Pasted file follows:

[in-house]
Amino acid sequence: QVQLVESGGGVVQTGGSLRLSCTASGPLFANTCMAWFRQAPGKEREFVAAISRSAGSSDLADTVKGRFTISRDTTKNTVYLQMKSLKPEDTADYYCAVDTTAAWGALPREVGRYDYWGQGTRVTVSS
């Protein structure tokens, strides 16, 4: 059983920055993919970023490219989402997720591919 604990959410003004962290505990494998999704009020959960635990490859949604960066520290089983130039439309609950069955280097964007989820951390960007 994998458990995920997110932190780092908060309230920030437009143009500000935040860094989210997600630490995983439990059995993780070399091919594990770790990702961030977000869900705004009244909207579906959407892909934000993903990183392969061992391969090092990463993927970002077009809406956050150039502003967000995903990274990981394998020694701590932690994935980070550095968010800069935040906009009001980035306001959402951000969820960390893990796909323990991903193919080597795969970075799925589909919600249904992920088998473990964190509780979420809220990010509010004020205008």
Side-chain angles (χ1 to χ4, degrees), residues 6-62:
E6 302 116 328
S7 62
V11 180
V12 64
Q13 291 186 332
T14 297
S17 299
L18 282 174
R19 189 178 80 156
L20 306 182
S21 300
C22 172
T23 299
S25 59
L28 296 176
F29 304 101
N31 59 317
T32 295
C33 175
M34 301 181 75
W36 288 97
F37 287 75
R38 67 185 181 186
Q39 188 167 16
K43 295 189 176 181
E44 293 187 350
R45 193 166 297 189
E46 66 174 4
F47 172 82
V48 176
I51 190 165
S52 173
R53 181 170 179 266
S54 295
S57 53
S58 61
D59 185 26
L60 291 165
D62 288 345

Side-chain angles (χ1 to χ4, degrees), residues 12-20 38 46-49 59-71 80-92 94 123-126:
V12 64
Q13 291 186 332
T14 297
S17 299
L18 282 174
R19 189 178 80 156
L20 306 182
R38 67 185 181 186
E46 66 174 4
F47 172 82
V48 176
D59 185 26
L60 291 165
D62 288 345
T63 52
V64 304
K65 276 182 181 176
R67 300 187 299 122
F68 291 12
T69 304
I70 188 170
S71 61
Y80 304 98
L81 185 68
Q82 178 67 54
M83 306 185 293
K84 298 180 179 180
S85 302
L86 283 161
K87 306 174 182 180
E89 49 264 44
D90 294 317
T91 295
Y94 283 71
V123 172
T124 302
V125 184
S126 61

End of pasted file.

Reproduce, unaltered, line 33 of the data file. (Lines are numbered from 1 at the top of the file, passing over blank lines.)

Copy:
F47 172 82